• Governance
  • Information Architecture
  • Search
  • Training
  • User Adoption
  • Realizing the Value of SharePoint (my personal favorite)
  • Executive Sponsorship
  • Culture & Enterprise Change Management
  • Enterprise Content Management
  • etc.

While the conference included fabulous industry experts (Ruven Gotz, Dux Raymond Sy, Sue Hanley, Jeremy Thake, Richard Harbridge, Adam Quinn, Christian Buckley, Ramin Mobasseri, Bonnie Surma, Michael Sampson, etc.), it also afforded the opportunity to meet new SharePoint business folks from across the country. With case studies from companies like Siemens, Del Monte, eBay, Turner Broadcasting, Nielsen, Diebold and National Gypsum, I was able to see and learn how many of my peers are implementing SharePoint successfully at their organizations.

Here are some of my favorite one-liners & key messages from the event:

  • “Start with a solution that solves a problem” – Sue Hanley
  • Governance in 3 words: “No Sharp Edges” – Sue Hanley
  • It’s not enough to have a governance plan. It must be CONSUMABLE – Sue Hanley
  • Executives vs. SharePoint believers: We don’t talk the same language and we have different goals. – Michael Sampson
  • “Success is 90% people, 10% technology.” – Michael Sampson
  • You have to build credibility with your executives. Stop being the excited teenager.  – Michael Sampson
  • You have to earn the right to talk to your executives about SharePoint – Michael Sampson
  • Make user adoption FUN: “SharePointober-fest! (Inebriate while you Collaborate)” – Scott Smith
  • Blogs are the breeding ground for thought leadership. Read and comment on other’s blogs. – Jonathan Lightfoot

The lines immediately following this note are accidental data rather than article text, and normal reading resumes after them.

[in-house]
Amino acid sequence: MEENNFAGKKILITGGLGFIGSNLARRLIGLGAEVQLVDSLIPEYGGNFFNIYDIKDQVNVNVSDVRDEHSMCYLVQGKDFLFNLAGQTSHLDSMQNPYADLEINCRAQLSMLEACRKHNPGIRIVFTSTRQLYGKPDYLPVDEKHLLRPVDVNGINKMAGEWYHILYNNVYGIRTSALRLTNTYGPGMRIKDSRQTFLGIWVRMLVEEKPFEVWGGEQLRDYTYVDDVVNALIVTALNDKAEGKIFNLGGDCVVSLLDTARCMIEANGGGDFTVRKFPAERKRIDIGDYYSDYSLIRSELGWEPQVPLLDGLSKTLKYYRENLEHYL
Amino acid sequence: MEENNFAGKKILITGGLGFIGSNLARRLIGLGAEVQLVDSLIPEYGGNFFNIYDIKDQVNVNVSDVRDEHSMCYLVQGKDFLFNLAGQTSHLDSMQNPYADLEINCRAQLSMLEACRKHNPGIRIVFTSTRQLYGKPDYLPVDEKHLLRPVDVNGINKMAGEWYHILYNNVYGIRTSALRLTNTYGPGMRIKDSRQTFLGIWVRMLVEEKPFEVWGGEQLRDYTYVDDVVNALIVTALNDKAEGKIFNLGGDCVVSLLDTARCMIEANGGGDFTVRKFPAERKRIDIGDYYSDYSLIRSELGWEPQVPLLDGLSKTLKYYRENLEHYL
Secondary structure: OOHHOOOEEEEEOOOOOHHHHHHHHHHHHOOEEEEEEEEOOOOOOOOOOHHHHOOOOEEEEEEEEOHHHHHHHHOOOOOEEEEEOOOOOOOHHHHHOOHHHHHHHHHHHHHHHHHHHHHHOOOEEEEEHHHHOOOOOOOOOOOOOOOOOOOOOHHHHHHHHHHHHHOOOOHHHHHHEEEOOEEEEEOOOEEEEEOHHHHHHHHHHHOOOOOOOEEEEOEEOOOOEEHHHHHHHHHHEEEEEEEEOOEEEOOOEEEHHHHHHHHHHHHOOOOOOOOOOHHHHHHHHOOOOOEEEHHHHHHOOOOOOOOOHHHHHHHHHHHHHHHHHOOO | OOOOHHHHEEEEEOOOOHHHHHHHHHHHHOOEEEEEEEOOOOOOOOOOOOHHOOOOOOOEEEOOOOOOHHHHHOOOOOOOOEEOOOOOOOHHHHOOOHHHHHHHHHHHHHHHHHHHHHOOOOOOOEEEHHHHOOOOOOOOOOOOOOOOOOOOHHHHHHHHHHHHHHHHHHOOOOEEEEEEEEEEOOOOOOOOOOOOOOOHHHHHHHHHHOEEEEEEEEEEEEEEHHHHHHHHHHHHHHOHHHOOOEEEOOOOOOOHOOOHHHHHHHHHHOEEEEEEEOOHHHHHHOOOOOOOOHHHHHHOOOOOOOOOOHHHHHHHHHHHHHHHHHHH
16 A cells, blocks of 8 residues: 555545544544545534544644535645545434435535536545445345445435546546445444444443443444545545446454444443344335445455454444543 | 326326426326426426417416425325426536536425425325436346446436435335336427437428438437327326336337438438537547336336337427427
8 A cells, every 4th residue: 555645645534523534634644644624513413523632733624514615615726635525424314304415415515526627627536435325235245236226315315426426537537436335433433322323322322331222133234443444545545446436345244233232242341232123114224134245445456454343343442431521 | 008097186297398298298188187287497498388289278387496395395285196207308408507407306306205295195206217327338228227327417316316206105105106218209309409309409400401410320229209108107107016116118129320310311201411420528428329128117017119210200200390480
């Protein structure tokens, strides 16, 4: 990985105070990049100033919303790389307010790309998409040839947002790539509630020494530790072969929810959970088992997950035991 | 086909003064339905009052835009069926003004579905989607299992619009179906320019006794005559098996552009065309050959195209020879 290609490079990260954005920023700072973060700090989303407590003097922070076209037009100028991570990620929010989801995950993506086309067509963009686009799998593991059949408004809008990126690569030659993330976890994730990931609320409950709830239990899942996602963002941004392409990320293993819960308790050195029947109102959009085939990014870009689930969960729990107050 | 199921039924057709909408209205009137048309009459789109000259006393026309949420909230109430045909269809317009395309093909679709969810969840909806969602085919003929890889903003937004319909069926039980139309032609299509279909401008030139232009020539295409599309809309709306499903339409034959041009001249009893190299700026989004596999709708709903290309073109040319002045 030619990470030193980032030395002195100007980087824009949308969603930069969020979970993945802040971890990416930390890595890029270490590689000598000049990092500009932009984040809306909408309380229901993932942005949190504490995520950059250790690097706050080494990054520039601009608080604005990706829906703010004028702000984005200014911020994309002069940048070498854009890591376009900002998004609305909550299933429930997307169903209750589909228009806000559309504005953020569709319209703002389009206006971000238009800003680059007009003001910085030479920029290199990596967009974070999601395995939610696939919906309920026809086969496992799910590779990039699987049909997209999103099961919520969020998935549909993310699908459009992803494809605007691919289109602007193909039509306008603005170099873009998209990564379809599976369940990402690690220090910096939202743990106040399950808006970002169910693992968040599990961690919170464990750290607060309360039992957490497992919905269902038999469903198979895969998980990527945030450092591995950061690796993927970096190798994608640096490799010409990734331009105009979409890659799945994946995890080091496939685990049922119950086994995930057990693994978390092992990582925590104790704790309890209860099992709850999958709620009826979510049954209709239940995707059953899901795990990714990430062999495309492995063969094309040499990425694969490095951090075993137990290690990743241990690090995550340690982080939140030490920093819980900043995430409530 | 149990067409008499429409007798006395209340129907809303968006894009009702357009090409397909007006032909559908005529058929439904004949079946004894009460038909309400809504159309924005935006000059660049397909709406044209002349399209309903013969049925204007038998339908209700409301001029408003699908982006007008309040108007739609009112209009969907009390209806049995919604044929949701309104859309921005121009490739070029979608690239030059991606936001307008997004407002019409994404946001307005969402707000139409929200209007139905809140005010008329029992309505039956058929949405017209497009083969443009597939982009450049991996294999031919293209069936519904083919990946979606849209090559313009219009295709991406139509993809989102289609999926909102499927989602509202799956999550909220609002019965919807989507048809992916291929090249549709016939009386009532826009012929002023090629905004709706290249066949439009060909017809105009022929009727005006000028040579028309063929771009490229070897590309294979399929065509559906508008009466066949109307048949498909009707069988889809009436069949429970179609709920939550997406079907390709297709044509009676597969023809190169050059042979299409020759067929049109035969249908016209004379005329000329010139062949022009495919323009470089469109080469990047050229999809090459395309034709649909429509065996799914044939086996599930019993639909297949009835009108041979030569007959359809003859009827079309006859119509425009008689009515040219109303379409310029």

• “Governance = Balance. Balance between the wants of end users and the regulations of how to use the tool.” – Adam Quinn
  • “Aim to provide Order and Enablement.” – Adam Quinn

I also had the good fortune to present a few sessions at this event. My track session “Turning the Tide: From Chaos to Clarity” went very well–right up until I nearly killed myself (and everyone else) by getting too close to the audio speaker. I still have a faint ringing in my right ear…

The governance panel I participated in with Richard Harbridge, Sue Hanley and Adam Quinn was also well-received. Jeremy Thake did a GREAT job moderating the discussion and several of the attendees commented afterwards that the session was very useful.

My last session was the event’s closing keynote. While I love the topic (session title = “It Doesn’t Take A Miracle: Driving Successful User Adoption”), I quickly realized it isn’t easy being the happy hour prequel. The attendees were fantastic, though. By the close of the session, we were all looking to find the “first follower” that would transform us from being the lone SharePoint nut to the SharePoint leader at our organization!

A big thank you to The Eventful Group for including me in this event. It was great to meet, connect and learn from new friends (Ryan Mattison, Wendy Neal, Zuri Stanback, Charles McCann, Jovan Breckenridge, Daniel Patton, et. al.). And with a hotel room on the 45th floor of the Marriott Marquis, the conference even afforded me some time to work on my fear of heights!